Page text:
The San Bernardino County Sun from San Bernardino, California on July 6, 1969 · Page 7
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The San Bernardino County Sun from San Bernardino, California · Page 7

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San Bernardino, California
Issue Date:
Sunday, July 6, 1969
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Page 7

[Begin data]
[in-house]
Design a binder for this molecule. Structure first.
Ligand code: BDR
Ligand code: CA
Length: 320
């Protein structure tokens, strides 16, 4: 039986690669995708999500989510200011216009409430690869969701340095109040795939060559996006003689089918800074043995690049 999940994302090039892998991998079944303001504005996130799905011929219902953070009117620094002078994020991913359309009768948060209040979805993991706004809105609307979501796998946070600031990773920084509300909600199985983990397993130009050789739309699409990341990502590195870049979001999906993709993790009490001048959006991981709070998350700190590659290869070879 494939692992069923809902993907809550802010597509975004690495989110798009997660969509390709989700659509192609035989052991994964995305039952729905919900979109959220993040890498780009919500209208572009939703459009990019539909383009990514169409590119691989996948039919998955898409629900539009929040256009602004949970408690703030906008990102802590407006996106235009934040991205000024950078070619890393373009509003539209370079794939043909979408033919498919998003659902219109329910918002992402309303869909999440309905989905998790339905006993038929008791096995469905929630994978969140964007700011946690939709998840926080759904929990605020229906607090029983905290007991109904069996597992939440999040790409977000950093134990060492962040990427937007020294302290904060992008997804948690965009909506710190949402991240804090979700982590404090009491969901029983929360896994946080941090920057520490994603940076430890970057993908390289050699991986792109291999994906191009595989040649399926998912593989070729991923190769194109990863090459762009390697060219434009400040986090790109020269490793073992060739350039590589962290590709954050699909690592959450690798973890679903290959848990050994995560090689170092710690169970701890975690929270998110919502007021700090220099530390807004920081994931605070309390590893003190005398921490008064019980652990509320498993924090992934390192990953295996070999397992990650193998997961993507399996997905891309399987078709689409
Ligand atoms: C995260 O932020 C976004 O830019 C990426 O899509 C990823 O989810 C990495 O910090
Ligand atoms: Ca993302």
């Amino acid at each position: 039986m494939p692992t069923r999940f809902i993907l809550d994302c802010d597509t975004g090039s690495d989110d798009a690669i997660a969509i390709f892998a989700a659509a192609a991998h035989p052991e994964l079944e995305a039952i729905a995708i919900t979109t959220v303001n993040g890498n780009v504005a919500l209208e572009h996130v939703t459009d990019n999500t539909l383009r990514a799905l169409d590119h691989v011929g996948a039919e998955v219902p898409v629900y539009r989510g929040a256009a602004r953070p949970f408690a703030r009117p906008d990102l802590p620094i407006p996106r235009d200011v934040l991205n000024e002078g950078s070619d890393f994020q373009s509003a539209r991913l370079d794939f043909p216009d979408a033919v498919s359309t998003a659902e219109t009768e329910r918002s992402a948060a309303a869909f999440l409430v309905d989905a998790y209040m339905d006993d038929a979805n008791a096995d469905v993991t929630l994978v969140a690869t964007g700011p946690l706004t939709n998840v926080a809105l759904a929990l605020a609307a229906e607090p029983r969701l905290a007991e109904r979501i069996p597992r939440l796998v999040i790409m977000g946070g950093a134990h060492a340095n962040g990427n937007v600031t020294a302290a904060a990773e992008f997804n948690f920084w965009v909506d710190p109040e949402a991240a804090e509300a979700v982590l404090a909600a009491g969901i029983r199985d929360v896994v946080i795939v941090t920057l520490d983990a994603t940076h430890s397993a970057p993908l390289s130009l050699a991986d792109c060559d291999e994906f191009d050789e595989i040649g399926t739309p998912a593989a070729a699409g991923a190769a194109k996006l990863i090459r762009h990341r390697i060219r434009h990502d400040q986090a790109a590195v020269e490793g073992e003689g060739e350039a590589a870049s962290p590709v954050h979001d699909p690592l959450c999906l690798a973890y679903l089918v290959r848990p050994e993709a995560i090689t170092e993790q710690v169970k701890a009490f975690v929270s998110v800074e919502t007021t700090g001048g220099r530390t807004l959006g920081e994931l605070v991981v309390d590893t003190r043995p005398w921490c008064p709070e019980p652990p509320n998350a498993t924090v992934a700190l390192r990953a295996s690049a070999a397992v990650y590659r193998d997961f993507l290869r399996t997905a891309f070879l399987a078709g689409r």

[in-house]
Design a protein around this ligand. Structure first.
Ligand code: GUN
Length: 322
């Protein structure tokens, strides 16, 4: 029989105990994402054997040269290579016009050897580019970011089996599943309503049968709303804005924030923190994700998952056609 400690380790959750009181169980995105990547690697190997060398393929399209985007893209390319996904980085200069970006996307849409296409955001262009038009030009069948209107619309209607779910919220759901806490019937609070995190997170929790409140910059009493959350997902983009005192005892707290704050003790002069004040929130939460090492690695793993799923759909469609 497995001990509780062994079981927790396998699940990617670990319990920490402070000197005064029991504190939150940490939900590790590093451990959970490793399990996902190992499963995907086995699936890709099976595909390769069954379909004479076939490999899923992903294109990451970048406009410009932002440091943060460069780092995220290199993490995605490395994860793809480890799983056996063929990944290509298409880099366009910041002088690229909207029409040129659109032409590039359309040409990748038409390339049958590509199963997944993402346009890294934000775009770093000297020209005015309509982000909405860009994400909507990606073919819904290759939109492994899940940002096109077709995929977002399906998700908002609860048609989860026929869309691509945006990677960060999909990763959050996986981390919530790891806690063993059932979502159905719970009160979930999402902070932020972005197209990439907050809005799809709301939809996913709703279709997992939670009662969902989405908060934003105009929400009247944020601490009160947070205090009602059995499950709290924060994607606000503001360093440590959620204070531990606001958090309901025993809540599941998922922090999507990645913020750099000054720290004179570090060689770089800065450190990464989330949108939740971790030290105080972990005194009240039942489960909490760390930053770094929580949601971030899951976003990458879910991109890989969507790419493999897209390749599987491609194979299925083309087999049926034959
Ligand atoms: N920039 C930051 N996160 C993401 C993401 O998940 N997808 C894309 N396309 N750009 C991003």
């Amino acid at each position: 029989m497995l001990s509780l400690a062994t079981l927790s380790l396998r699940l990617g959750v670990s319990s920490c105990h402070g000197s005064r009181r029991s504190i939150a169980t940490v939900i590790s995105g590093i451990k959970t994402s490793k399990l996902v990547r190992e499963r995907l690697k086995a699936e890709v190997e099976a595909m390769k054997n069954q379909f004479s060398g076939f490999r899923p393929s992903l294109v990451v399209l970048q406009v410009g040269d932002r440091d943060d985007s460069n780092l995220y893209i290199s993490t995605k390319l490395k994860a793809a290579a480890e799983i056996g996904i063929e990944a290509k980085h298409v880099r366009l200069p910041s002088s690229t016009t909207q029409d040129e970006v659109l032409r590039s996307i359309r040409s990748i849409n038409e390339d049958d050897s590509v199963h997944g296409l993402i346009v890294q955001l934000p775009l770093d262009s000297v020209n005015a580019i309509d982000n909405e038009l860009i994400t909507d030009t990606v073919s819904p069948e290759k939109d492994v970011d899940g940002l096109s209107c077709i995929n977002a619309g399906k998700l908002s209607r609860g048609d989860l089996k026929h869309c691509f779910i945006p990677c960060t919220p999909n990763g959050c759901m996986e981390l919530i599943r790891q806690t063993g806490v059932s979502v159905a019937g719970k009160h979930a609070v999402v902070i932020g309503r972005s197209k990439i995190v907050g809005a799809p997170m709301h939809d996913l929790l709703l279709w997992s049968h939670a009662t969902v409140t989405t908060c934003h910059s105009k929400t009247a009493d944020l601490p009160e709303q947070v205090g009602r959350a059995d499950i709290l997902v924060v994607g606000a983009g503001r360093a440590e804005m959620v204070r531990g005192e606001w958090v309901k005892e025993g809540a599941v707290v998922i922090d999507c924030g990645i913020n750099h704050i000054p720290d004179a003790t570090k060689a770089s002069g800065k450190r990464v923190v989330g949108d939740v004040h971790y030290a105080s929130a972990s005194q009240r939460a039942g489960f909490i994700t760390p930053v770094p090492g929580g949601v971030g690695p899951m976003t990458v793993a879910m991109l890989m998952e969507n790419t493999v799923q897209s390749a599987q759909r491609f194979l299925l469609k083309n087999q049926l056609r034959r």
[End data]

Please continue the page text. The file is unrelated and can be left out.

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The Great Flag Flap By UILLIAM MIXES WASHINGTON - The law, we are told, is net concerned with trifles, but lawmakers sometimes are. So it was earlier this month that the House o f Itperesentatives, confronted with such issues as war, inflation, poverty, crime, unrest, disesase and polution, chose to focus its attention on the matter of planting a flag on the moon. In fact, the House went so far as to approve an amendment to the National Aeronautics and Space Administration's authorization bill for fiscal 1970 forever prohiting astronauts o n U.S.-funded space missions from implanting "on the surface of the moon, or the surface of any planet" any flag except the Stars and Stripes. At first glance, this might seem a harmless enough even laudable gesture of pride in a great American achievement. Actually, it was a mischievous act perpetrated by a handful of congressmen typified by Rep. Richard L. lioudebush (R-Ind.), who offered the amendment. So bizarre was the Import of the rider that, in the course of debate, Rep. Allard K. Lo-wenstein (D-N.Y.) refused to believe it was for real. "Are we counting on the Senate to stop this odd proposal from becoming law so that we can engage here in a bit of political flag-planting without the results becoming too awkward for all concerned?" he asked. Despite the efforts of Lo-wenstein and a few others bold enough to take a stand against the amendment passed, setting in train a series of events that interfered with orderly preparations for the Apollo 11 launching and limited President Nixon's freedom of action in international affairs. The Great Flag Fooferaw of 1969 had its genesis earlier this year in speculation and discussion over the objects of a symbolic nature that might be taken along in Apollo 11 by Astronauts Neil Armstrong and Edwin Aldrin. Always before, the "ditty-bag" contents on a flight had been left to the astronauts' discretion, within weight and safety limitations, but this time because of the almost mystical character of the mission there was wider curiosity that would not be stilled by appeal to precedent Eventually, some viewers-with-alarm become conviced that a plot to communize the moon was afoot, in furtherance of which an International emblem would be erected there. This view was expressed In a newspaper editorial quoted by Rep. John R. Rarick (D-La.) in support of the Roudebush proposal: "There is a persistent rumor . . . that the spider flag of the United Nations will be planted on the moon by the American astronauts." Following passage of the amendment, NASA hurriedly jury-rigged a Handy-Dandy Flag Kit and set about fitting into the already jam-packed schedule of lunar surface ac-tivties the complicated business of the flag's assembly and erection. It boiled down to a question of priorities which still had not been settled as this column was written. Under the original time-line, Armstrong was to descend from the lunar module cabin to the surface, test the solidity of the ground, and then quickly scoop up a sample of lunar material in a "grab-bag" specially provided for that purpose. This would assure scientists on Earth of at least a small quantity of moondust In event of an emergency liftoff shortly after Armstrong stepped out on the moon. If such an emergency were to arise, there might not be time to collect a soil sample and also erect a flag. Which should take precedence the symbolic act or the practical one? This was the question NASA had to struggle with in the wake of the House's capricious action. Aside from the operation f WorJl of Srinee i aspect, there was a diplomatic one. As Rep. William F. Ryan (D-N.Y.) pointed out, "I would think the United States might want magnanimously to share man's conquest of space not flaunt it ... It may well be that the President would decide that it would be appropriate to place on the moon the flag of the United Nations. The amend-' ment would deny the President the authority to have (Continued on A-8, Column 1) the American flag, O Trailer Mobile O Hem SipbIIm, Comal Slack Fergen Hardwart 25003 Iom LlM (1 Heck Cart f TIpmcmmI TU 5-1549 Twice Amputated Leg Finally Lost " BOSTON (AP) Jan Dangora, 21, whose left leg was rejoined by surgeons almost three years ago after it was nearly severed in a motorcycle collision, has lost the limb after all. Surgeons at Massachusetts General Hospital amputated the leg to combat a bone infection that set in after he broke it in a fall on an ice patch In February 1968 while on crutches. 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